Effects of Various Post-Weld Heat Treatments on Austenite and Carbide Formation in a 13Cr4Ni Steel Multipass Weld
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Multipass welding procedures are common methods for 13Cr4Ni steels' fabrication and repairs. Compared to a single-pass weld procedure, the weld microstructure in a multipass weld is more heterogeneous due to the complex local thermal cycles imposed by adjacent weld passes. Furthermore, the final microstructure and mechanical properties of these steels are very sensitive to their thermal history which increases the microstructure heterogeneities. Thus, post-weld heat treatments are performed to reduce heterogeneities and produce a relatively homogenous weld. It has been found that the best option to improve mechanical properties of 13Cr4Ni steels is forming a “room temperature stable austenite” phase by heat treatments. This study focuses on the effects of these post-weld heat treatments on the austenite phase and carbide formations and the related evolutions of microhardness distribution. The study shows that nanometer-size carbides form at martensite lath interfaces and sub-block boundaries, and then at higher temperatures austenite lamellae appear at these locations. Results also show that the highest percentage of stable austenite achievable by a single-stage tempering was obtained at 610 °C. When the heat treatment temperature is lower than 610 °C, longer holding time produces softer steel while longer heat treatments at temperatures higher than 610 °C, produces harder steel. Still, double-stage heat treatments are more effective and produce the highest percentage of austenite and the lowest hardness of all heat treatments.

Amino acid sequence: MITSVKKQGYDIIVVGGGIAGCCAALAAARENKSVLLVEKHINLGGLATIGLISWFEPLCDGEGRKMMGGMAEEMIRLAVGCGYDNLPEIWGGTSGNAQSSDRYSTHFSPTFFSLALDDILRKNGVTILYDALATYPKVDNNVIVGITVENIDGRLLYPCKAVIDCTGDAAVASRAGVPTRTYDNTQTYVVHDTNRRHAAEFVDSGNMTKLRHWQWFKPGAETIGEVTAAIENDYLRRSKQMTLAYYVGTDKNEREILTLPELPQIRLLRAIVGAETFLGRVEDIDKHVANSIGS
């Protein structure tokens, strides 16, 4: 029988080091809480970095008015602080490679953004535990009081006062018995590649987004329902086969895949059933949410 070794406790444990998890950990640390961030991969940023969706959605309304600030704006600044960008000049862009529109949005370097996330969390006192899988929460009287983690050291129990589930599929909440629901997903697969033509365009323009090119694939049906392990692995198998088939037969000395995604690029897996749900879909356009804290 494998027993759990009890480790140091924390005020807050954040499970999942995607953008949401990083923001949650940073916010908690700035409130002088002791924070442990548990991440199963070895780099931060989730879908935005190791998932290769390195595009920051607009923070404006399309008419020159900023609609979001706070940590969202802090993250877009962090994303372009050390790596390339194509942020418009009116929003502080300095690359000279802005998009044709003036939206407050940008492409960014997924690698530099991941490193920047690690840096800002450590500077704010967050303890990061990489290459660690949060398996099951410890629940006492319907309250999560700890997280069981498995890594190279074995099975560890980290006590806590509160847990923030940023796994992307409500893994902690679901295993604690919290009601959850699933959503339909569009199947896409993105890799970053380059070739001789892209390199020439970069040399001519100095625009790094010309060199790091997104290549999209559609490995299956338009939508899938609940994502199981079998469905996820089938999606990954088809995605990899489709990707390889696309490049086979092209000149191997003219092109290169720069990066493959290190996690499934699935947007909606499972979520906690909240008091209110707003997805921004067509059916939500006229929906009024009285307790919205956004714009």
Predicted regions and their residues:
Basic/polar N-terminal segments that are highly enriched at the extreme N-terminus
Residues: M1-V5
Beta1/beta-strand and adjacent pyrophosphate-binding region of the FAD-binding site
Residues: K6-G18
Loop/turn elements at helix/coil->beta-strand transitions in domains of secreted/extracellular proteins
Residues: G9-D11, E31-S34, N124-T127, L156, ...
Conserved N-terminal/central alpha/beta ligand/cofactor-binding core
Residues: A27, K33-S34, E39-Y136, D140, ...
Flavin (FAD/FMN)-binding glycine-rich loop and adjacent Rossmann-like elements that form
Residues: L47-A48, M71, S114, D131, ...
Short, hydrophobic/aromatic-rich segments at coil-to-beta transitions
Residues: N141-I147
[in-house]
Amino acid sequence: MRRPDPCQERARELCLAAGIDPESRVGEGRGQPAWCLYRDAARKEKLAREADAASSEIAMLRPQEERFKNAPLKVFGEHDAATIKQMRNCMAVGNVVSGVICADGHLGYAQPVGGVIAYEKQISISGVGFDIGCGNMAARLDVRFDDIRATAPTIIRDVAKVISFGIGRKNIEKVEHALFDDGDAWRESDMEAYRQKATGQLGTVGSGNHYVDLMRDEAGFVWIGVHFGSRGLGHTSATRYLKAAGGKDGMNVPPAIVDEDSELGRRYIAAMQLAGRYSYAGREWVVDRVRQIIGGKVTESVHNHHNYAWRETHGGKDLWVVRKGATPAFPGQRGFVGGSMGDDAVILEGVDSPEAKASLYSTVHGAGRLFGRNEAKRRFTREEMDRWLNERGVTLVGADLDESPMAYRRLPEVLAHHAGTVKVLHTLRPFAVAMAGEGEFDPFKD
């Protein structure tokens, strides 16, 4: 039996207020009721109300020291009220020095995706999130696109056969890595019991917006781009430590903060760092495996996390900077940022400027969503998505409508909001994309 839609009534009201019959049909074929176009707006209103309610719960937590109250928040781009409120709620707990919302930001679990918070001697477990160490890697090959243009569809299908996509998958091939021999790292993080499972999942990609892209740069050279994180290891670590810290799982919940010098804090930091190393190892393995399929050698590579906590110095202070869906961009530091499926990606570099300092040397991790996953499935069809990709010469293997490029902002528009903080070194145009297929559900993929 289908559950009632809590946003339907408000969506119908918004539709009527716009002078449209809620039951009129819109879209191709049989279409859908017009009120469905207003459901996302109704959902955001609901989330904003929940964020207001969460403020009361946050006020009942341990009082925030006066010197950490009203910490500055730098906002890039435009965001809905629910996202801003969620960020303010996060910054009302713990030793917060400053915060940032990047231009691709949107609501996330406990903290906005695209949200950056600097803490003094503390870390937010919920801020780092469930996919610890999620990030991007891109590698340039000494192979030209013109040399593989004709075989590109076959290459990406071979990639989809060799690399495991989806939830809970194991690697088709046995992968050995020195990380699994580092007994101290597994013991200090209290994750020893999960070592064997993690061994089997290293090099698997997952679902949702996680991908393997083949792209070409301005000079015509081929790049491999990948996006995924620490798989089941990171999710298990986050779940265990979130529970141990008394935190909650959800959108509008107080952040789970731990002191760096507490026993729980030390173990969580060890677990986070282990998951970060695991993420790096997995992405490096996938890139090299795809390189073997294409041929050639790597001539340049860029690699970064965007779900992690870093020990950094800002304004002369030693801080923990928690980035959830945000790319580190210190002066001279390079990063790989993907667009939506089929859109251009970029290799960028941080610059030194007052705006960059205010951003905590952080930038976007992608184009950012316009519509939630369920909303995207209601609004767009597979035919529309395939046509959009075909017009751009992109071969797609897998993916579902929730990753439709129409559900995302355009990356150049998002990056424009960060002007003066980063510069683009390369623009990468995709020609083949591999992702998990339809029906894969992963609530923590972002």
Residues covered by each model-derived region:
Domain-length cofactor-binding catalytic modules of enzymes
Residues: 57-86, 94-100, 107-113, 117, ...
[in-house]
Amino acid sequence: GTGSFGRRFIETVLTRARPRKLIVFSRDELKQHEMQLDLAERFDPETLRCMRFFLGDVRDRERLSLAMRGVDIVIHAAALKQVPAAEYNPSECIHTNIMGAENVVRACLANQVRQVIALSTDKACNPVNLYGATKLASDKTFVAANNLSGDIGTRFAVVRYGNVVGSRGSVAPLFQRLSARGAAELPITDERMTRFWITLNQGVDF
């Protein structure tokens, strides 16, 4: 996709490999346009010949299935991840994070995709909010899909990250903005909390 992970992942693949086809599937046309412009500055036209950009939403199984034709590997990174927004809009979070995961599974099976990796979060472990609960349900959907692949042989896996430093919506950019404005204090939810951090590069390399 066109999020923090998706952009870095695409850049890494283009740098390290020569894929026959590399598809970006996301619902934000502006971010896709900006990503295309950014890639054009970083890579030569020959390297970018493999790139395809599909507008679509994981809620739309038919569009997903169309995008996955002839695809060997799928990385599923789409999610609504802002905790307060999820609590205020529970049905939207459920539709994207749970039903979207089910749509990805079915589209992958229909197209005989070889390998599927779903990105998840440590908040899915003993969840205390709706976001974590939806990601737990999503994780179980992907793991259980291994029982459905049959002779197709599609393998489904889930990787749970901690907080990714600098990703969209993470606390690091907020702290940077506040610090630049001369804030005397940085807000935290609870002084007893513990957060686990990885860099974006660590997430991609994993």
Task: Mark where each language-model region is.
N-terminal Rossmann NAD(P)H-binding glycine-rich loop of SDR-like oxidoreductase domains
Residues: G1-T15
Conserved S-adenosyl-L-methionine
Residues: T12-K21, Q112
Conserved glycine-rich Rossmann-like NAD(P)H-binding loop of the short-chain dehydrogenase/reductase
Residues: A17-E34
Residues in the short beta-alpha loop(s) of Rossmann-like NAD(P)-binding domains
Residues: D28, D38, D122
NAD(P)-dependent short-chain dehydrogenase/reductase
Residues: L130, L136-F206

Keywords13Cr4NiMo steel Multipass weld Post-weld heat treatment Tempering Hardness Reversed austenite Carbides
The authors would like to acknowledge Natural Sciences and Engineering Research Council of Canada (NSERC), Institut de Recherche d’Hydro-Québec (IREQ), Alstom Power Co., and École de Technologie Supérieure (ÉTS) for the technical and financial supports. The authors are grateful to ÉTS and IREQ metallography laboratory for austenite electropolishing and metallography studies.
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